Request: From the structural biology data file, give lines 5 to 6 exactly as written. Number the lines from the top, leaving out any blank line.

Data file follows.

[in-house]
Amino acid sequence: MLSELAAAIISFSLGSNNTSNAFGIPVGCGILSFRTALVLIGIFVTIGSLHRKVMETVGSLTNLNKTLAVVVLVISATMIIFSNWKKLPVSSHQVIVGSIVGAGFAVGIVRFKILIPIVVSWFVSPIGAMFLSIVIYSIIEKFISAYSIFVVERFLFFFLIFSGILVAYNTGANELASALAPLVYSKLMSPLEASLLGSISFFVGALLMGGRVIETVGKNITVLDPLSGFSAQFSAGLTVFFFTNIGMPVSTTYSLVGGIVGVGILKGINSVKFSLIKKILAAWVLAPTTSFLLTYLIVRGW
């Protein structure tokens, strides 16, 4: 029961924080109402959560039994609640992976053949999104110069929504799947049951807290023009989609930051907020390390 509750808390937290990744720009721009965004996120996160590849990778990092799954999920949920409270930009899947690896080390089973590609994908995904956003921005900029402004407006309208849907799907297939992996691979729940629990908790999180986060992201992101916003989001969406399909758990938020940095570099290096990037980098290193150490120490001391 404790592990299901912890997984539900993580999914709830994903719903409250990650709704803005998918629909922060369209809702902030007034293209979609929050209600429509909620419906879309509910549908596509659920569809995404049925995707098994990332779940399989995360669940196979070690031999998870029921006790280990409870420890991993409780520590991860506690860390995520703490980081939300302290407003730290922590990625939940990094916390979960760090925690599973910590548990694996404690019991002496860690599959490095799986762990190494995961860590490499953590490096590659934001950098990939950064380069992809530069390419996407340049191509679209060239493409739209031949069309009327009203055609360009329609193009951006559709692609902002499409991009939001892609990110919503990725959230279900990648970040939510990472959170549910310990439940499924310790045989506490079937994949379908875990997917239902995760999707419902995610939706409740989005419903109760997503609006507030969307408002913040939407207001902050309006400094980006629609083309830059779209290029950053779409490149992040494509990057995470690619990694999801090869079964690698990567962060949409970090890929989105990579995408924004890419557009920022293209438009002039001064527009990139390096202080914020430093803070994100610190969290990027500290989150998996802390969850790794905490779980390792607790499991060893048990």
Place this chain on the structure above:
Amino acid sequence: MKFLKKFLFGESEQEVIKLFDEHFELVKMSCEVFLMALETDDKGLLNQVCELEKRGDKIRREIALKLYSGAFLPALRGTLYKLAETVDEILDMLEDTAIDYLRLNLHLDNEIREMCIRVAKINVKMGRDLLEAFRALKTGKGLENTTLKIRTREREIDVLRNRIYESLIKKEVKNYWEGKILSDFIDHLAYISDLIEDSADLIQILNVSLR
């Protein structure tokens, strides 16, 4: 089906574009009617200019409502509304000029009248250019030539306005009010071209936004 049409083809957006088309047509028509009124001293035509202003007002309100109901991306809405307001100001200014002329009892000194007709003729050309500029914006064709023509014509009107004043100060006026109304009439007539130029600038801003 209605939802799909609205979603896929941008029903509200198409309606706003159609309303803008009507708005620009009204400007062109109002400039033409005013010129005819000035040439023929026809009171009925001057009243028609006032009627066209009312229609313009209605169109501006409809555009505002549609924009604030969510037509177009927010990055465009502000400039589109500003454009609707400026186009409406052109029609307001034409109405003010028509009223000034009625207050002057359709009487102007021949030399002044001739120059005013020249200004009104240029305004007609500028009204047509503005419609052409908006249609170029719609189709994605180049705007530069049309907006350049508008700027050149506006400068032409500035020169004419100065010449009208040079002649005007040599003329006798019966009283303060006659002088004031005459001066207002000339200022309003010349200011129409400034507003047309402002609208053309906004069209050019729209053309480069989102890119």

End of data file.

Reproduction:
Amino acid sequence: MKFLKKFLFGESEQEVIKLFDEHFELVKMSCEVFLMALETDDKGLLNQVCELEKRGDKIRREIALKLYSGAFLPALRGTLYKLAETVDEILDMLEDTAIDYLRLNLHLDNEIREMCIRVAKINVKMGRDLLEAFRALKTGKGLENTTLKIRTREREIDVLRNRIYESLIKKEVKNYWEGKILSDFIDHLAYISDLIEDSADLIQILNVSLR
């Protein structure tokens, strides 16, 4: 089906574009009617200019409502509304000029009248250019030539306005009010071209936004 049409083809957006088309047509028509009124001293035509202003007002309100109901991306809405307001100001200014002329009892000194007709003729050309500029914006064709023509014509009107004043100060006026109304009439007539130029600038801003 209605939802799909609205979603896929941008029903509200198409309606706003159609309303803008009507708005620009009204400007062109109002400039033409005013010129005819000035040439023929026809009171009925001057009243028609006032009627066209009312229609313009209605169109501006409809555009505002549609924009604030969510037509177009927010990055465009502000400039589109500003454009609707400026186009409406052109029609307001034409109405003010028509009223000034009625207050002057359709009487102007021949030399002044001739120059005013020249200004009104240029305004007609500028009204047509503005419609052409908006249609170029719609189709994605180049705007530069049309907006350049508008700027050149506006400068032409500035020169004419100065010449009208040079002649005007040599003329006798019966009283303060006659002088004031005459001066207002000339200022309003010349200011129409400034507003047309402002609208053309906004069209050019729209053309480069989102890119």